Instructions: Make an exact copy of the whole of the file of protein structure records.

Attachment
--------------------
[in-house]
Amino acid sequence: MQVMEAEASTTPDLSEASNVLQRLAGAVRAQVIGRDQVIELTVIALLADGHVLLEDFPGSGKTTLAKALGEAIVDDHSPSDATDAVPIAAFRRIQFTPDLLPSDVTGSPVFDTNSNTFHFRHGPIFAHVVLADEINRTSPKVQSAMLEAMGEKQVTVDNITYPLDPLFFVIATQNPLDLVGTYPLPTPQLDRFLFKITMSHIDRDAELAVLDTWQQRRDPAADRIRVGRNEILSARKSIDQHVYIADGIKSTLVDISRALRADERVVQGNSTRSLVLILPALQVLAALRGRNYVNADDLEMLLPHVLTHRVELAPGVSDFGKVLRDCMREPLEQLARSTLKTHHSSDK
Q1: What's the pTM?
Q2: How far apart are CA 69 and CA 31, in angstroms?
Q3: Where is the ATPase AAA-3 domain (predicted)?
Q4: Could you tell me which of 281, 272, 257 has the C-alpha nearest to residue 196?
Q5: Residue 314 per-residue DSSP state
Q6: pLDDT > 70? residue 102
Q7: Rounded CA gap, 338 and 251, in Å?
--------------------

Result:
[in-house]
Amino acid sequence: MQVMEAEASTTPDLSEASNVLQRLAGAVRAQVIGRDQVIELTVIALLADGHVLLEDFPGSGKTTLAKALGEAIVDDHSPSDATDAVPIAAFRRIQFTPDLLPSDVTGSPVFDTNSNTFHFRHGPIFAHVVLADEINRTSPKVQSAMLEAMGEKQVTVDNITYPLDPLFFVIATQNPLDLVGTYPLPTPQLDRFLFKITMSHIDRDAELAVLDTWQQRRDPAADRIRVGRNEILSARKSIDQHVYIADGIKSTLVDISRALRADERVVQGNSTRSLVLILPALQVLAALRGRNYVNADDLEMLLPHVLTHRVELAPGVSDFGKVLRDCMREPLEQLARSTLKTHHSSDK
Q1: What's the pTM?
Q2: How far apart are CA 69 and CA 31, in angstroms?
Q3: Where is the ATPase AAA-3 domain (predicted)?
Q4: Could you tell me which of 281, 272, 257 has the C-alpha nearest to residue 196?
Q5: Residue 314 per-residue DSSP state
Q6: pLDDT > 70? residue 102
Q7: Rounded CA gap, 338 and 251, in Å?